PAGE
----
Stop screwing around already.

* Which, I should note, they do NOT.

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Thursday, August 21, 2008

Total Drek One Sentence Movie Reviews

In keeping with my previously established fondness for brief, relatively uninformative reviews of books, I'd like to introduce something new: brief, relatively uninformative reviews of movies. Thus, really, today will be like every day on this blog except that (1) I don't usually talk about movies and (2) I'm seldom brief. The uninformative bit, however, is as always constant.

Today's Reviews:

Alien Nation

Run time: 91 minutes

Price: Available from for the price of $9.98, plus shipping and handling.

Genre: Hard-boiled cop/alien invasion/racial discrimination drama

One sentence review: An interesting idea brutally murdered by eighties synthesizer music, terrible writing, and James Caan.

i'm reed fish

Run time: 93 minutes.

Price: Available on for a mere $16.49, plus shipping and handling.

Genre: Romantic comedy(?)

One sentence review: Like spending an hour and a half listening to that cousin that nobody likes and who never does anything important, ever.

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Wednesday, August 20, 2008

Guess what?

I'm over at Scatterplot today. What am I talking about? The same thing as usual.

Boobs Nothing important to anyone ever.


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Tuesday, August 19, 2008

On Atheism: The Problem of Evil

Fans of my ongoing irregular series on atheism will be happy to know that the last installment was not the last installment.* Instead, while I have completed the series I originally promised, I will still occasionally add to this work as notions come to me. Aren't you lucky?**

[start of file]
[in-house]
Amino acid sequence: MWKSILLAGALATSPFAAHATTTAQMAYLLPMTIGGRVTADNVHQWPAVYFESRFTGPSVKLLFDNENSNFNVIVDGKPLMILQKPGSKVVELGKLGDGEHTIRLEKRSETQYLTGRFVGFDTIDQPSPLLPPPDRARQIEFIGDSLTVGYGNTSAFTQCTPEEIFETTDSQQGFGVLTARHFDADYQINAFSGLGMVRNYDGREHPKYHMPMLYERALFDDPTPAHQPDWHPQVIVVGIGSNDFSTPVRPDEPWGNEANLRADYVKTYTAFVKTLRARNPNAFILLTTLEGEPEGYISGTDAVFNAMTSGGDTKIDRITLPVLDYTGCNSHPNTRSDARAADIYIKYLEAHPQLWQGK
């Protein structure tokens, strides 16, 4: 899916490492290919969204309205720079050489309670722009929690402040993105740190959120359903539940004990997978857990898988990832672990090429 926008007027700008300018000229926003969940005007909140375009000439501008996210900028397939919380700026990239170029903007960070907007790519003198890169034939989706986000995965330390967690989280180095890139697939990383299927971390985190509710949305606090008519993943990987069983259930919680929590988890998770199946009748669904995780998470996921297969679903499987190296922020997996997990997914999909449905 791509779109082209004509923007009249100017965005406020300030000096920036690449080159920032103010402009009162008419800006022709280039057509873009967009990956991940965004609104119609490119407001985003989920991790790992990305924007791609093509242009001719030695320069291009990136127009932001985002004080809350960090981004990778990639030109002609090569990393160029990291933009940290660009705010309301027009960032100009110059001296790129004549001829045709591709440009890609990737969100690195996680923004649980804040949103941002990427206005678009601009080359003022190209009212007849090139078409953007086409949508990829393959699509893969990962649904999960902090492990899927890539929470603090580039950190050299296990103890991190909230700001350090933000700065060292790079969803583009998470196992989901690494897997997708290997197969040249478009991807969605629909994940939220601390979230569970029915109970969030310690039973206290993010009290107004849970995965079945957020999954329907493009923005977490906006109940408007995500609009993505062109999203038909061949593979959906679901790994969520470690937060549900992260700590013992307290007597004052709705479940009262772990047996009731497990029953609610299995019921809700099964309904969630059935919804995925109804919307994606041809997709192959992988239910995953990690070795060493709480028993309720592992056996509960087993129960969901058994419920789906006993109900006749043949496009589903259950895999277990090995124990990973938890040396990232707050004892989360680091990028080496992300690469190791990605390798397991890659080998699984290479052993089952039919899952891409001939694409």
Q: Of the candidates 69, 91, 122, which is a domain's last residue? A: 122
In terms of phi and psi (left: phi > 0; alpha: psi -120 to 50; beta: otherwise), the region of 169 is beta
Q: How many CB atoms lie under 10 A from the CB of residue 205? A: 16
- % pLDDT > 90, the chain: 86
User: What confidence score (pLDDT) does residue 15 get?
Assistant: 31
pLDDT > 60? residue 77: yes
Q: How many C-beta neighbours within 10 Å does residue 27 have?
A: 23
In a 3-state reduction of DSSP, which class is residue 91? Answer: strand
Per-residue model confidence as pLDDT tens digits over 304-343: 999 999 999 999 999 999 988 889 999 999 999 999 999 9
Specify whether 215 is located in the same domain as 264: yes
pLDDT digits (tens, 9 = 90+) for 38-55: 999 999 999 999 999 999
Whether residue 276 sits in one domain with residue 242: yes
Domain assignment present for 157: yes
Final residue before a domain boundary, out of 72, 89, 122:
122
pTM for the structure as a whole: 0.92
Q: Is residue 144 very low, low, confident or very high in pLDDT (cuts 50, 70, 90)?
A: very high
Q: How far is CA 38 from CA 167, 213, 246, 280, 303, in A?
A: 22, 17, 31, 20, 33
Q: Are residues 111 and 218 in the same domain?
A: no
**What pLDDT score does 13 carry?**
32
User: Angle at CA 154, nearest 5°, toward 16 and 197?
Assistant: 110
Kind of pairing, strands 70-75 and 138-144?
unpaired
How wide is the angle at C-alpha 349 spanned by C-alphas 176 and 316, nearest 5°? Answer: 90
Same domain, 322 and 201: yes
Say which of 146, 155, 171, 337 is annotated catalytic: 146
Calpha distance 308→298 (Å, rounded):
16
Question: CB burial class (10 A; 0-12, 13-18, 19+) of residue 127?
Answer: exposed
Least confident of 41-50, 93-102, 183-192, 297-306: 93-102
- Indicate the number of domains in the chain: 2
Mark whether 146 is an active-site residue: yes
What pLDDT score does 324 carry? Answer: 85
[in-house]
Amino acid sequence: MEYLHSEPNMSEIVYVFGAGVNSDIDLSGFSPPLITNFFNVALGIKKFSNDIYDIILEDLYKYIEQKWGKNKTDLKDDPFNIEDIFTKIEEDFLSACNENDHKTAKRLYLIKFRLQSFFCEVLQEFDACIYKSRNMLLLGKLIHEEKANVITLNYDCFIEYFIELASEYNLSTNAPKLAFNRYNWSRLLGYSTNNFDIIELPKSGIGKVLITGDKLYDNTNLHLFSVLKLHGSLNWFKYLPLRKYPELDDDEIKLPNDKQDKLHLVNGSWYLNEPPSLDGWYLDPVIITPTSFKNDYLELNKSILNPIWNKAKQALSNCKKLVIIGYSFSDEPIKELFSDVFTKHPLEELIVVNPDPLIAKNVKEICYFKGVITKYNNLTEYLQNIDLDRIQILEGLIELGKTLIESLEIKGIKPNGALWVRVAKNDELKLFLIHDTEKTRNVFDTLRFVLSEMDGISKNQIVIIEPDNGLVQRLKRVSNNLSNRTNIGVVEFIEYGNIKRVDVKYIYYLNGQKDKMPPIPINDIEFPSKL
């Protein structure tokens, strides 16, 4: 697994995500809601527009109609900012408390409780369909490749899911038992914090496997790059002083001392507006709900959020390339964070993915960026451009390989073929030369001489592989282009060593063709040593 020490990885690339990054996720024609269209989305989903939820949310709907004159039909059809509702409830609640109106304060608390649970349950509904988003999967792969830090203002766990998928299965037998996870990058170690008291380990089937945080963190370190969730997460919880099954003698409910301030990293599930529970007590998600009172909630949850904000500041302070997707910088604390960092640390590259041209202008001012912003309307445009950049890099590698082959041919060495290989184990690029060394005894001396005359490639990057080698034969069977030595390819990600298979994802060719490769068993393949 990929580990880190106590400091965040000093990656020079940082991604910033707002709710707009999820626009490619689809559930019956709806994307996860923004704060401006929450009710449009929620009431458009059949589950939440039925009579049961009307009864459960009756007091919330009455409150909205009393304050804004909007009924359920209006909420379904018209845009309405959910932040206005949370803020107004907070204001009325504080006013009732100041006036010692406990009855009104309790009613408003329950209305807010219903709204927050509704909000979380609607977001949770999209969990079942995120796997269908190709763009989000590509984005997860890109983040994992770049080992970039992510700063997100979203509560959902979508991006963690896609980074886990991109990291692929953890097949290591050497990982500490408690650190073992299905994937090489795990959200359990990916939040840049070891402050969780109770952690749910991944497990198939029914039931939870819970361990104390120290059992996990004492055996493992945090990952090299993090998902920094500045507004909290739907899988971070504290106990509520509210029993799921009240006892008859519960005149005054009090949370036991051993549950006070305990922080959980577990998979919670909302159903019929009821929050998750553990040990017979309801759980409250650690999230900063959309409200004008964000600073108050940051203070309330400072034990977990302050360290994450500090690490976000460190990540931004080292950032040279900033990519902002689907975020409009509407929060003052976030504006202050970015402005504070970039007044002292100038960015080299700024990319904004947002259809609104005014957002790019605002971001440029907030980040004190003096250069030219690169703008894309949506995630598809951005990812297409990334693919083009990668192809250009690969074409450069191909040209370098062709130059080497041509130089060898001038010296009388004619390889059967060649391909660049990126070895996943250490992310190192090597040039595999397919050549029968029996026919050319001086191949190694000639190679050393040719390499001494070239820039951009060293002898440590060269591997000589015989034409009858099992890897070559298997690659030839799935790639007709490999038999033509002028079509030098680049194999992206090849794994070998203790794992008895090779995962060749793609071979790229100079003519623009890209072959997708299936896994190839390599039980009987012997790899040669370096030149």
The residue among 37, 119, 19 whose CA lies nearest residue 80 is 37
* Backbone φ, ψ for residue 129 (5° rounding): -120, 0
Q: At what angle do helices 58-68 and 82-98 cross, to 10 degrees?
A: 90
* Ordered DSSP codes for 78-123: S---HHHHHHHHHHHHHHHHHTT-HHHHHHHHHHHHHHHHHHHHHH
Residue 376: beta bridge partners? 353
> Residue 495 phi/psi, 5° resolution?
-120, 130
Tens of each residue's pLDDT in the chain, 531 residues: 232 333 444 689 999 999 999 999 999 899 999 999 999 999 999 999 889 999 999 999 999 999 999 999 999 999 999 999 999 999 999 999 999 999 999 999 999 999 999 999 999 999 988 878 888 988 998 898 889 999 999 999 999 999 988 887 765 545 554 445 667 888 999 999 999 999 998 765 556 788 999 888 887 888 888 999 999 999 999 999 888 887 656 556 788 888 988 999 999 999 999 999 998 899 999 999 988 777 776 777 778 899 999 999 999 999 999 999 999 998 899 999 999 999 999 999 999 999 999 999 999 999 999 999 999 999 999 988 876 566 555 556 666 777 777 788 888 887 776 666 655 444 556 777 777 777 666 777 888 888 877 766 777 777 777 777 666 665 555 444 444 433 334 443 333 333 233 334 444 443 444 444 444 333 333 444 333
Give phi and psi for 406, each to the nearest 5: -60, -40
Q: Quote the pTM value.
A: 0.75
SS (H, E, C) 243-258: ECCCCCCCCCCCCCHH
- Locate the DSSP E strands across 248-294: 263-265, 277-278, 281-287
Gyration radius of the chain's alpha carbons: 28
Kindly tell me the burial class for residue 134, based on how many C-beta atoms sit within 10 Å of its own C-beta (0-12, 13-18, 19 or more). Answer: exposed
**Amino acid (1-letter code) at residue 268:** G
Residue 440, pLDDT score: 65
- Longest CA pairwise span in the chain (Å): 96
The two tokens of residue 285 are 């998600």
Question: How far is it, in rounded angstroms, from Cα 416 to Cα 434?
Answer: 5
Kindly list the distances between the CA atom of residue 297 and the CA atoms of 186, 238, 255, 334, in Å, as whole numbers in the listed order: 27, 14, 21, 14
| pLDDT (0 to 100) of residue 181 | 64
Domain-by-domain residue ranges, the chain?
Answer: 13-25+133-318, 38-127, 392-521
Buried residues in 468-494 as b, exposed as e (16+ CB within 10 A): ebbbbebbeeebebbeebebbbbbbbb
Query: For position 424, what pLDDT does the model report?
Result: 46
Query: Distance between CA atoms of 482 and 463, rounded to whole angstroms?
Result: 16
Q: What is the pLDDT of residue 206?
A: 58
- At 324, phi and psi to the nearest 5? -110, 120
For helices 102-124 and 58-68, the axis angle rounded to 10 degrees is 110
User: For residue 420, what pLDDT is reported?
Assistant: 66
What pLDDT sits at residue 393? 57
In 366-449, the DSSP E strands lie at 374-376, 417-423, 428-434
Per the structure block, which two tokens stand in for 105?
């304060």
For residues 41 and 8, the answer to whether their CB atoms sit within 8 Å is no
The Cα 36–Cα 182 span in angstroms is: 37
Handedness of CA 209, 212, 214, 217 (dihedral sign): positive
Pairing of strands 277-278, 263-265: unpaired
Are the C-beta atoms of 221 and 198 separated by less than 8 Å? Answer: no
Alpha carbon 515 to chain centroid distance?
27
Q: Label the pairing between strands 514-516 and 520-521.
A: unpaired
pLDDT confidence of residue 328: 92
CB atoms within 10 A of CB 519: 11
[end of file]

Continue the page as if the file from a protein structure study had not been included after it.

In today's installment I'd like to talk about a funny little issue: the problem of evil. Many of you are probably already familiar with this but, in case you're not, the "problem of evil" is a sort of standard argument made about certain forms of religious belief. The problem goes something like this (apologies for the crude representation):

(1) God exists
(2) God is all-knowing
(3) God is all-powerful
(4) God is perfectly good
(5) God cares about humans

Bad things happen to good people, pain and suffering occur for no reason.

Therefore, one or more of the following must be true:
(1) God does not exist
(2) God is not all-knowing
(3) God is not all-powerful
(4) God is not perfectly good
(5) God does not care about humans

Since certain religious traditions assert, often vehemently, that the five postulates are all true, they must then produce an explanation for the existence of evil. This practice is known as theodicy and has a long and rich intellectual tradition. Of course, it's important to note that not all religious traditions must justify the existence of evil. The religion of the ancient Greeks, for example, did not assert that any of the gods were all-powerful, all-knowing, were perfectly good or, indeed, really cared that much for humans. Thus, whatever you may think of that theology, it had no real problem with the existence of evil.